Metropolitan News-Enterprise


Wednesday, July 26, 2023


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C.A. Dismisses Appeal as Moot Because Order Has Expired—As the Panel Did Last Year


By a MetNews Staff Writer


Div. Three of the First District Court of Appeal yesterday, for the second time, dismissed an appeal from an order for an involuntary commitment of  a man with a developmental disability who was found to be “a danger to self or others” because the one-year commitment order has expired, but this time making two holdings.

 Justice Carin T. Fujisaki authored the current opinion, which was certified for publication. She also wrote a  Sept. 29, 2022 unpublished opinion concerning the same appellant, Juan G. Aguilar.

By Sept. 29 of last year, the order being appealed from had expired and a new commitment order was in effect. That order—the subject of the present appeal—expired last April 1.

There is no indication in the opinion as to whether there has been a subsequent extension, again potentially the subject of a Court of Appeal opinion dismissing the appeal as moot.

2022 Opinion

Aguilar in each case appealed the extension of his commitment pursuant to Welfare & Institutions Code §6500 but, each time, the commitment order had expired by the time the opinion was issued. Last year, Fujisaki wrote:

“Juan G.A. urges this court to consider the merits of this appeal, because there is a likelihood that a similar controversy between the parties will recur….But, in this particular case, given the length of time since the expiration of the commitment order at issue, and our inability to provide any meaningful relief to Juan G.A., we decline to do so.

“Though we could end here, we take this opportunity to offer some guidance to the parties and the trial court, as well as to flag an issue, in the event of future commitment proceedings.”

She said Welfare & Institutions Code §6504.5 requires the preparation of as written report with recommendations as to placement of a person who is committed but it isn’t clear whether the court is required to consider hearsay contained in such reports, reserving resolution of the issue “for another day.”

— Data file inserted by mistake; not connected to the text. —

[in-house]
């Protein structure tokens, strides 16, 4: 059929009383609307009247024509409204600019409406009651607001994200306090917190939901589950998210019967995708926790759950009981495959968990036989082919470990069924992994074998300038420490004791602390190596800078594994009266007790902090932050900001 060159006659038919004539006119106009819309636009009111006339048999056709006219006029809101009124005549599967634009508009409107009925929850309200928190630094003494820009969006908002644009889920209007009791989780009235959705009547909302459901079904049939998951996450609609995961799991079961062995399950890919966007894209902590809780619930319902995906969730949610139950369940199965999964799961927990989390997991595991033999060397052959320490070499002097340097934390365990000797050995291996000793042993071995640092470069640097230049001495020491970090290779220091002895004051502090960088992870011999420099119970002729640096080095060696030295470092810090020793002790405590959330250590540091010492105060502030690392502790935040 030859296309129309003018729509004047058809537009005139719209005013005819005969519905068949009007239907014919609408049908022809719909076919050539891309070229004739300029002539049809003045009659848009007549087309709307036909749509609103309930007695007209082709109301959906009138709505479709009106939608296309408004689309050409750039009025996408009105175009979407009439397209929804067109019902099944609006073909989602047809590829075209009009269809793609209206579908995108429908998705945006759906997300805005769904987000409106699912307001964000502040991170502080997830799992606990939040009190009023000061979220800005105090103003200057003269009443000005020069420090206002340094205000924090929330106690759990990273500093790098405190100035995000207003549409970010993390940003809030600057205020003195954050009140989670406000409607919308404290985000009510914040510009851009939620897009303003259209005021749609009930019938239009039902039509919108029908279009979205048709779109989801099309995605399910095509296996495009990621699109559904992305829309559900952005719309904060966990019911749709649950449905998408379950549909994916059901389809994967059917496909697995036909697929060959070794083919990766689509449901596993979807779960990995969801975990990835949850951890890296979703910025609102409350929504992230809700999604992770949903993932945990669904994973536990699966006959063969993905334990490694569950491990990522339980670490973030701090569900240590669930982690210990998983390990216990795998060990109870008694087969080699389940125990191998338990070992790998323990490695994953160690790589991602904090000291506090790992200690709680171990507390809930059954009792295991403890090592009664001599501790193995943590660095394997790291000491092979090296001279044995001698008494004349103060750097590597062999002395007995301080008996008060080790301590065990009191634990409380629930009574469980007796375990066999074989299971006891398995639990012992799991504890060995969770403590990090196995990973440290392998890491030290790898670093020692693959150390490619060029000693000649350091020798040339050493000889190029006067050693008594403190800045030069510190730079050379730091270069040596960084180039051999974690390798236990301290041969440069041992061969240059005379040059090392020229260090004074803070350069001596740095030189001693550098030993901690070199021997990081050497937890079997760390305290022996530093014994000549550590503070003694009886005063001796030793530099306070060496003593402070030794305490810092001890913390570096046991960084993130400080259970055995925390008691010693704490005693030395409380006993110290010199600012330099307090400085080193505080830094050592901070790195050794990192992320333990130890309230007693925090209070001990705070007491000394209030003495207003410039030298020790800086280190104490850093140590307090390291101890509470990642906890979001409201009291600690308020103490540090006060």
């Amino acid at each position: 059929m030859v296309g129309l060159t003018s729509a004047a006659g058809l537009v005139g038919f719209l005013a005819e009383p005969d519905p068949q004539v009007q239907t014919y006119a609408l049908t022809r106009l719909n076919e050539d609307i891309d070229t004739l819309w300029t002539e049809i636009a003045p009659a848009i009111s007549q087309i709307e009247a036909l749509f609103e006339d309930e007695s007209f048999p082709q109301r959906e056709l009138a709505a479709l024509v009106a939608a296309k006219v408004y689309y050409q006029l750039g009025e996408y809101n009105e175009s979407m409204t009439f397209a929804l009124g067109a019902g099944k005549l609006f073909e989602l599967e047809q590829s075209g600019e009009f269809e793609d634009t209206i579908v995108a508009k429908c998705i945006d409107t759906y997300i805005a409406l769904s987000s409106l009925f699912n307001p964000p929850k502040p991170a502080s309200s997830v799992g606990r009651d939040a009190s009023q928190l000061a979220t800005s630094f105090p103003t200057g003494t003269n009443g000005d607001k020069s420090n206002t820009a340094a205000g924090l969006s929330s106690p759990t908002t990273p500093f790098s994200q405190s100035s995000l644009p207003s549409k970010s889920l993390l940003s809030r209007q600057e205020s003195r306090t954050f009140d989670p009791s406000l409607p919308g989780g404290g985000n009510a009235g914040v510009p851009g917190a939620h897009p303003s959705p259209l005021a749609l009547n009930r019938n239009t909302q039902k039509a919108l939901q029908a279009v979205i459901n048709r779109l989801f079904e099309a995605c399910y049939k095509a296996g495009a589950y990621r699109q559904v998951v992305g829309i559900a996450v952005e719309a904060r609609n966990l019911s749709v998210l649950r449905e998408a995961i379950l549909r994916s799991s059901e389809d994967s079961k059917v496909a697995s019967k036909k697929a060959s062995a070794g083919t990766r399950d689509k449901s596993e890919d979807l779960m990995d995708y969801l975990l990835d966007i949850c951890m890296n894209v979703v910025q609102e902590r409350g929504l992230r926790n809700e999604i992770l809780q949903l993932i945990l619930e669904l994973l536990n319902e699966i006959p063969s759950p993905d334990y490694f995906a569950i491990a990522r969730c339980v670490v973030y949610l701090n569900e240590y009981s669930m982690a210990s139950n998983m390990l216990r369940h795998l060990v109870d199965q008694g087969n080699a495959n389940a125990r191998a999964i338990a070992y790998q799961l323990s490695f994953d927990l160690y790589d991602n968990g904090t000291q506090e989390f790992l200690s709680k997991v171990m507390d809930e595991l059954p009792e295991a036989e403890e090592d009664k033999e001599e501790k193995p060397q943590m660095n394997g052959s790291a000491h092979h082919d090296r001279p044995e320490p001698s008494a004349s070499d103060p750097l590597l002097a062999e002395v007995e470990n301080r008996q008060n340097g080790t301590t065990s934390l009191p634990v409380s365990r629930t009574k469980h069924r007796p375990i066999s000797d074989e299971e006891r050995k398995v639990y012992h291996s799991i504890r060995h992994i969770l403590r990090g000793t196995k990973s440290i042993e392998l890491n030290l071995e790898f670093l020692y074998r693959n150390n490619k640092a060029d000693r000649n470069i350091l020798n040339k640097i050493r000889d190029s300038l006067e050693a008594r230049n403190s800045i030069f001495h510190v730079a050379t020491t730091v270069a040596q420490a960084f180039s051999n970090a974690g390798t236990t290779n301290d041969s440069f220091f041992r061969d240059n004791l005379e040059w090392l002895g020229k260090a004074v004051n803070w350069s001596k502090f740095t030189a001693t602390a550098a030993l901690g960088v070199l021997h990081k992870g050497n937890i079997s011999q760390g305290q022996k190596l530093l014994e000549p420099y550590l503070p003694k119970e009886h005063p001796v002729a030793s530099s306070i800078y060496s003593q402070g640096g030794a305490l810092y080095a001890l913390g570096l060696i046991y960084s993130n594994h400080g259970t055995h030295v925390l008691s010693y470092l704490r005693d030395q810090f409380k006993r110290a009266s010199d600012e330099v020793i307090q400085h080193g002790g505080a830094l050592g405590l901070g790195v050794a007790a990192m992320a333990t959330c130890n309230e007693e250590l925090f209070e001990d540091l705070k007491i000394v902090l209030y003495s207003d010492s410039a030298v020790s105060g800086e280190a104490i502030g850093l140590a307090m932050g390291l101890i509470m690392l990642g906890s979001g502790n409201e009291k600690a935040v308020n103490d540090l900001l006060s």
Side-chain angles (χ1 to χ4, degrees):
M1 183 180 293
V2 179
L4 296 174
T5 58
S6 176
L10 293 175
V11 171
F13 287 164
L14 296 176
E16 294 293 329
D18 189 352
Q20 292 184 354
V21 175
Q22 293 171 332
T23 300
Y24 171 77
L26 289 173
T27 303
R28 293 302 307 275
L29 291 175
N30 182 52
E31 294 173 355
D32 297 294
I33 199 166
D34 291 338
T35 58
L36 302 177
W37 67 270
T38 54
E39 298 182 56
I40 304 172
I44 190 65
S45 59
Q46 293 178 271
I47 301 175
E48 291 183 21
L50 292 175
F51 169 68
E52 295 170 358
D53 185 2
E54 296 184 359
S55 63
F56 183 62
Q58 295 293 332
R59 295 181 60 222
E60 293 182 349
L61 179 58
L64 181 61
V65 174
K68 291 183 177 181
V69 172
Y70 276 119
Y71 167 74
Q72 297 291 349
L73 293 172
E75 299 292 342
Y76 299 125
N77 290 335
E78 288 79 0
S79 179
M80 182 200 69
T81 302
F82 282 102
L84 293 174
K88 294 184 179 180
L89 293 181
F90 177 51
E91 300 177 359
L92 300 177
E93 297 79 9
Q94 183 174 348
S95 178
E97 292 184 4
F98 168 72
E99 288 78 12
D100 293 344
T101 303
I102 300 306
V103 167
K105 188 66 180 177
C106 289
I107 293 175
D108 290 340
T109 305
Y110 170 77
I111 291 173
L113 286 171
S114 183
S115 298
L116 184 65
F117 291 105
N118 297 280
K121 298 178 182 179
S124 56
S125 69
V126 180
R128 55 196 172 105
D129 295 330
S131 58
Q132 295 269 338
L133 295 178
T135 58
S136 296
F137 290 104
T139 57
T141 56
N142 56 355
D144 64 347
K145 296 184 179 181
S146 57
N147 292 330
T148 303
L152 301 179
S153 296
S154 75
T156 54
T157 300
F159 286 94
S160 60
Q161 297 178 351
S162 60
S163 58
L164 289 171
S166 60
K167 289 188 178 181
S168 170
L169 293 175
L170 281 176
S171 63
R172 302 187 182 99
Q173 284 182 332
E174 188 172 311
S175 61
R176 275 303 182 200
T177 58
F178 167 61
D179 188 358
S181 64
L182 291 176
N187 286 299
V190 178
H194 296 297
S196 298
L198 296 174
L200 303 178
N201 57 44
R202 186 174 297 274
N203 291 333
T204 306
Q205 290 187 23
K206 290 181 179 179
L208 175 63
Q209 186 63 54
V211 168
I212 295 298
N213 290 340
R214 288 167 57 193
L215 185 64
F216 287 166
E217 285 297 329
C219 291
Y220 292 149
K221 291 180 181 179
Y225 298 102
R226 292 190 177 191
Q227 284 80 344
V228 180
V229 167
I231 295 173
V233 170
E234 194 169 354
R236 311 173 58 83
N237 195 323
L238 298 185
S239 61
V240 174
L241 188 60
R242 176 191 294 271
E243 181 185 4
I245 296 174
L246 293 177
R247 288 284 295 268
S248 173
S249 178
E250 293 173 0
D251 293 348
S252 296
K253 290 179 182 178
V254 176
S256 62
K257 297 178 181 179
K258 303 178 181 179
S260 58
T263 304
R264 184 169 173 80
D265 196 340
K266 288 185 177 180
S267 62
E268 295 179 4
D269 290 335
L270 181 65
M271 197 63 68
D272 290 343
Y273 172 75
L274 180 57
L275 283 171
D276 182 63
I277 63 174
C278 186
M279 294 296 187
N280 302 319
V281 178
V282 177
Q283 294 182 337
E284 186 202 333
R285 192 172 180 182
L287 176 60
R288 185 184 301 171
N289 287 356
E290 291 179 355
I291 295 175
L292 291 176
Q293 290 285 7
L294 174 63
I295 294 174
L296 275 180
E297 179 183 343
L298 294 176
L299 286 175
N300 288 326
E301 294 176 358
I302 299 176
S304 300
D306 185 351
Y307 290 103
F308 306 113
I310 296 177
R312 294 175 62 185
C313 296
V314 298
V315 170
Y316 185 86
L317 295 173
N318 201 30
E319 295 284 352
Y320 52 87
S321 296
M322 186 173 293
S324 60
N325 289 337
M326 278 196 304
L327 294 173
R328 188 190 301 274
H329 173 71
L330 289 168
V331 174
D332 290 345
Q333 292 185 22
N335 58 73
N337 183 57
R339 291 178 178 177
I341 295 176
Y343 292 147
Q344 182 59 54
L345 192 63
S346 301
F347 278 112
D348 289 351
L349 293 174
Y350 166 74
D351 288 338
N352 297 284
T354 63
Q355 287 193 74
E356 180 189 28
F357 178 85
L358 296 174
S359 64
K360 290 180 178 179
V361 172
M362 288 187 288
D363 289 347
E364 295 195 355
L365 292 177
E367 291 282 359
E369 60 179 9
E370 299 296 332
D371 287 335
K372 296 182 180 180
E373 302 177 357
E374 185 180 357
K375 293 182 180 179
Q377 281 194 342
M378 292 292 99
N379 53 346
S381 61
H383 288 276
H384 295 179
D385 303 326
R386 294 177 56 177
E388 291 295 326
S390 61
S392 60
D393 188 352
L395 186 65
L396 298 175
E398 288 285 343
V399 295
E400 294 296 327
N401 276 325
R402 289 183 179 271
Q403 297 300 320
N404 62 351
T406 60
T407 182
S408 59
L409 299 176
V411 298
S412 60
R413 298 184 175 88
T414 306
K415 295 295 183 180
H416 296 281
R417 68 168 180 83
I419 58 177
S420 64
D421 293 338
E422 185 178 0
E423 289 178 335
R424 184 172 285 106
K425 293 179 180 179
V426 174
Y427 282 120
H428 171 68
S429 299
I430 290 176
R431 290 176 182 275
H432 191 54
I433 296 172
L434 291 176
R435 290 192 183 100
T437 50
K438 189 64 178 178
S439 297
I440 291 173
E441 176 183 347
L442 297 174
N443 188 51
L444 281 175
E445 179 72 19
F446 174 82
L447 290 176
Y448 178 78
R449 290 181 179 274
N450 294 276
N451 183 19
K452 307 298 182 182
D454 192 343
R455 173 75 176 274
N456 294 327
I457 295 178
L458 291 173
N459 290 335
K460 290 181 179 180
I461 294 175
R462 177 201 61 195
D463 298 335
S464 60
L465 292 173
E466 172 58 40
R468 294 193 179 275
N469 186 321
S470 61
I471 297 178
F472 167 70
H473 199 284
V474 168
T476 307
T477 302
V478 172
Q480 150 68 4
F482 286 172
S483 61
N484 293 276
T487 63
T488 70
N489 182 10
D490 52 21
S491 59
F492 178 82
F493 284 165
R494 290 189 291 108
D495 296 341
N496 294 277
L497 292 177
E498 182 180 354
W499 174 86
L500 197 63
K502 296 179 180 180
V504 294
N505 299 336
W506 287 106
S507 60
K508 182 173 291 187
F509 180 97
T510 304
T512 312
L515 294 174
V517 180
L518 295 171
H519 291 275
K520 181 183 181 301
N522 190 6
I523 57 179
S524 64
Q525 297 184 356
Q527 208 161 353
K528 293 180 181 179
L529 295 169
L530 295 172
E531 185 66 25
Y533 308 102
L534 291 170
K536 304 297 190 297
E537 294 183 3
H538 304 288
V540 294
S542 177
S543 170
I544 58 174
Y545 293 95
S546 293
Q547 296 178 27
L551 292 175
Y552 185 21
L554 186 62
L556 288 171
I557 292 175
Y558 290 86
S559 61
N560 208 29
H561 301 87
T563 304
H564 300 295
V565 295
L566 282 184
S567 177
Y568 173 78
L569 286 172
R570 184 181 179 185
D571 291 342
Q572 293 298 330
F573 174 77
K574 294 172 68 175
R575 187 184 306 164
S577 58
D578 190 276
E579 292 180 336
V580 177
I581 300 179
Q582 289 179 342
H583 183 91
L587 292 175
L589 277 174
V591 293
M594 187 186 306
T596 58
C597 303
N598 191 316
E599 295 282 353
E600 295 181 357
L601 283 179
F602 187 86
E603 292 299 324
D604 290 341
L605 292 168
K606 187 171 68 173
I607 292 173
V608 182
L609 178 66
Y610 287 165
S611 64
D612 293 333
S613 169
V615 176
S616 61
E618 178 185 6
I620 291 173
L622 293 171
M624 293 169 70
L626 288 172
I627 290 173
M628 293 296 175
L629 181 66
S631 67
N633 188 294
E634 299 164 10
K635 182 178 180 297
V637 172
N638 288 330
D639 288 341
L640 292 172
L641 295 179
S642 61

Yesterday’s Opinion

Yesterday, Fujisaki said:

“G.A.’s commitment order expired on April 1, 2023, and the matter is technically moot.  This case, however, presents important and recurring issues of law concerning the applicability of due process principles to section 6500 and the sufficiency of evidence supporting a commitment. Accordingly, we will discuss these particular issues to provide guidance, then dismiss the appeal as moot….”

She continued:

“[W]e conclude section 6500 does not violate due process by dispensing with the need for proof of a recent overt act of dangerousness….We also conclude substantial evidence does not support the trial court’s finding of G.A.’s danger to others because it was based on the testimony of an expert witness whose opinion relied on unsupported assumptions fact.”

Again, she declined to resolve an issue, saying there is “significant ambiguity as to the meaning of the statutory term ‘danger to self’” but that “[c]onsidering the seriousness of the civil liberty and safety interests at stake, we deem it best to leave construction of the statute to a future case with adequate briefing.”

The case is People v. J. G.A., A164980.


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